See the updates below.
When most people hear the name GoDaddy, they probably think of racy Superbowl ads and maybe think of web site hosting and domain names (you know, what the ad is selling). Some of you may even know that they were having some major problems today. Or you may know that you weren’t able to access a web site or two. Or you may have lost a little hair trying to figure out why YOUR web site was down.
What was the problem?
According to posts on Twitter, it appears that a member of Anonymous attacked GoDaddy’s infrastructure this afternoon (http://techcrunch.com/2012/09/10/godaddy-outage-takes-down-millions-of-sites/). It appears that the attack was targeted at their Domain Name System (DNS) servers. DNS is the method used to translate domain names (i.e. www.mycompany.com) to Internet Protocol (IP) addresses (i.e. 126.96.36.199). These addresses are used by computers to find the servers that host the web site that you’re looking for.
As cyber-attacks go, this was probably the most visible way to hit GoDaddy. Why?
Although GoDaddy has lost lots of customers over its various controversies, bad service, and aggressive business tactics, they still host a lot of web sites. However, what they host far more of is domain names. Many people will buy their domain name from GoDaddy, but run their web site on their own server or with another company. So, attacking GoDaddy’s web servers might inflict a lot of damage, but attacking their DNS servers causes much more pain for customers.
Some people say “so what … some small businesses web sites are down for a while.” If that were the case, I’d agree. However, DNS being offline can cause a lot more headaches than just your web site being down.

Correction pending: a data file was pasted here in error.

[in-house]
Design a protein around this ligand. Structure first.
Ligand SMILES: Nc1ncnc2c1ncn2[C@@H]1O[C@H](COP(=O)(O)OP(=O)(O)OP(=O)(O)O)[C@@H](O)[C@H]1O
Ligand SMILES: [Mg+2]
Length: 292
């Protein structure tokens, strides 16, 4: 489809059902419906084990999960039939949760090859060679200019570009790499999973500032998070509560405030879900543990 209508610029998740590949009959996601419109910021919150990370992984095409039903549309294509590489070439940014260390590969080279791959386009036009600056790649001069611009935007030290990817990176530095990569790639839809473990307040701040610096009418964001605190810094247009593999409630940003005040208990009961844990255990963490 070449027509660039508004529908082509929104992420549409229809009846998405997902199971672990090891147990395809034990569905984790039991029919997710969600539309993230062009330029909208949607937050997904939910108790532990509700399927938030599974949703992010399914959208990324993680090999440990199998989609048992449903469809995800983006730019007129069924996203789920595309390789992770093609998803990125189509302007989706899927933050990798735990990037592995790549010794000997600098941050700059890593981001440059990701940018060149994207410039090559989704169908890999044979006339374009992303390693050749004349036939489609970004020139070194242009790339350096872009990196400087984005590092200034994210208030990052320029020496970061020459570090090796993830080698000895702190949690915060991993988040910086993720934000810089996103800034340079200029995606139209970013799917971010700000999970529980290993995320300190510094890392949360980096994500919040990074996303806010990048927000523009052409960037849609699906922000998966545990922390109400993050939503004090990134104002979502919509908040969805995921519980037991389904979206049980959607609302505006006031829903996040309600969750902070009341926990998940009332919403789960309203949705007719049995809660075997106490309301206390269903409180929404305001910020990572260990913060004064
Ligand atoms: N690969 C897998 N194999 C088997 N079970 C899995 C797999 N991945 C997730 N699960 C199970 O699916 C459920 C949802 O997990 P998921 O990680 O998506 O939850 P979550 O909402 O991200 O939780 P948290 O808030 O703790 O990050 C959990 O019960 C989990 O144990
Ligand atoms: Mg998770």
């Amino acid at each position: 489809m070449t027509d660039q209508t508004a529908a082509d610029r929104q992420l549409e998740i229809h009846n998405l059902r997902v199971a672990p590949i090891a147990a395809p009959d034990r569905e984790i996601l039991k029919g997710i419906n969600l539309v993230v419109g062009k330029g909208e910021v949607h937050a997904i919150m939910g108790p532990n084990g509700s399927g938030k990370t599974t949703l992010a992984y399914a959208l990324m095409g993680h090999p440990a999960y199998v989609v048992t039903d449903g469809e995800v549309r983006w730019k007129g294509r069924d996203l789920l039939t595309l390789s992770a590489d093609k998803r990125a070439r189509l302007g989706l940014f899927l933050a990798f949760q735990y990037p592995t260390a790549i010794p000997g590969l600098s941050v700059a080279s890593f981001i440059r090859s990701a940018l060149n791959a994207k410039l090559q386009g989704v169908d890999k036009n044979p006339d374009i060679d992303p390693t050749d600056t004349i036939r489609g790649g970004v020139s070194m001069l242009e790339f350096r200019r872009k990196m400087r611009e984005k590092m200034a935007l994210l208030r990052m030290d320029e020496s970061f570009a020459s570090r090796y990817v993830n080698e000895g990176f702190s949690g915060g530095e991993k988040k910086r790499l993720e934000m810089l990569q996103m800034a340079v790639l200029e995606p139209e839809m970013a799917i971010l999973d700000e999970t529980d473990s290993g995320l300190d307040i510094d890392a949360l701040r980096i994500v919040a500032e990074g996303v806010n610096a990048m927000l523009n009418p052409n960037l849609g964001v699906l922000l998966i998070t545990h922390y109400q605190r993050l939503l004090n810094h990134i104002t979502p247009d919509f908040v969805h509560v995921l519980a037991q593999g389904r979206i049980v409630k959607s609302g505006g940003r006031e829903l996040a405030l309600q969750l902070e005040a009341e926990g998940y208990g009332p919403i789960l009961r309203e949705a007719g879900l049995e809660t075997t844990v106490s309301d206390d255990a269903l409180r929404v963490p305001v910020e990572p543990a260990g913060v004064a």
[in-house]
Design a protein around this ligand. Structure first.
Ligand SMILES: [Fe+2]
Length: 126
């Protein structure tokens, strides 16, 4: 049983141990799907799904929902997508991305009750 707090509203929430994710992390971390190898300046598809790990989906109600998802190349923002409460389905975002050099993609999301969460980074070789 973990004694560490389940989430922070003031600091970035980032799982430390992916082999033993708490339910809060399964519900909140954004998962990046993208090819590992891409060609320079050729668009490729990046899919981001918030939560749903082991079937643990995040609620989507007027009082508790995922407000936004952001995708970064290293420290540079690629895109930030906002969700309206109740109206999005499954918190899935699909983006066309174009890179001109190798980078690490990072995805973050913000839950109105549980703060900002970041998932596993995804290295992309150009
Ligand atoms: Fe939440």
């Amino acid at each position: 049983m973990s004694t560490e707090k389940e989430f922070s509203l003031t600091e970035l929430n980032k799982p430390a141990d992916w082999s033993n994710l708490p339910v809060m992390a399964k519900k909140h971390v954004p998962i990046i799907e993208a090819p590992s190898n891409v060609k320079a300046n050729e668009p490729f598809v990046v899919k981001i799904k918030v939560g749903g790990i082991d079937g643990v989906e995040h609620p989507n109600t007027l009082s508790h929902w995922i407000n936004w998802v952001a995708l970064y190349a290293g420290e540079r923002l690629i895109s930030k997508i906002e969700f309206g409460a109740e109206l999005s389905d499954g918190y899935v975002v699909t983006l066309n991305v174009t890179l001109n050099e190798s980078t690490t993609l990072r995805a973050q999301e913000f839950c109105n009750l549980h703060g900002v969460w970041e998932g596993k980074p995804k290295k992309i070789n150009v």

For instance, when you send an e-mail to firstname.lastname@example.org, how does your e-mail server know how to find mycompany.com’s e-mail server? Through the DNS system. How do remote employees connect to their offices? Probably through a VPN, that they access via a domain name like vpn.mycompany.com. If a business needs to transfer files to a client, they probably host the files on their FTP server and tell the client to connect to ftp://files.mycompany.com. But if there’s no DNS, how do the computers translate those names into the numerical addresses that they understand?
So DNS services being offline is a big deal for organizations that buy their domain names through GoDaddy. I don’t know GoDaddy’s statistics, but I know that it’s not just mom-and-pop shops that buy their names through GoDaddy.
How can I prevent this for my domain?
Don’t put all of your eggs in one basket. If you do need your DNS for more than just your web site, make sure that it can be available even if one provider goes down.
For instance, you may host your web site with GoDaddy and they also manage your DNS. You can also get a second DNS, like Amazon’s Route53, as a backup. In your DNS settings on GoDaddy, you’d enter Amazon’s DNS server information in addition to the GoDaddy information. That way, if the GoDaddy servers are inaccessible, DNS clients will look to the Amazon servers for your information.
Keep in mind that this means when you make a DNS change (which probably isn’t all that often), you will have to make it in both places or else you’ll end up with problems.
Also remember that if GoDaddy is having problems with the web servers instead of DNS (or in addition to DNS), this won’t help your web site stay available, but it will keep your domain names available for all other functions.
[9/10/2012 @ 8:19pm EDT]
Apparently to get back online, GoDaddy has moved their DNS service over to competitor Verisign (http://www.wired.com/wiredenterprise/2012/09/godaddy-moves-to-verisign/?utm_source=twitter&utm_medium=socialmedia&utm_campaign=twitterclickthru).
[9/10/2012 @ 8:26pm EDT]
It looks like the “we’re having problems” splash page is gone from GoDaddy’s main web site and the normal site is back is place.
[9/11/2012 @ 1:15pm EDT]
This morning, GoDaddy released an official statement. They insist that the issue was not caused by a distributed denial of service (DDoS) attack, as a member of Anonymous had claimed, but was instead caused by “a series of internal network events that corrupted router data tables.” They also point to the fact that they have maintained 99.999% uptime on their DNS infrastructure. Assuming that they have had no other DNS outtages in the past year, this is correct, as they were down for approximately six hours yesterday and “five nines” allows for about eight hours and forty-five minutes of downtime in one year period.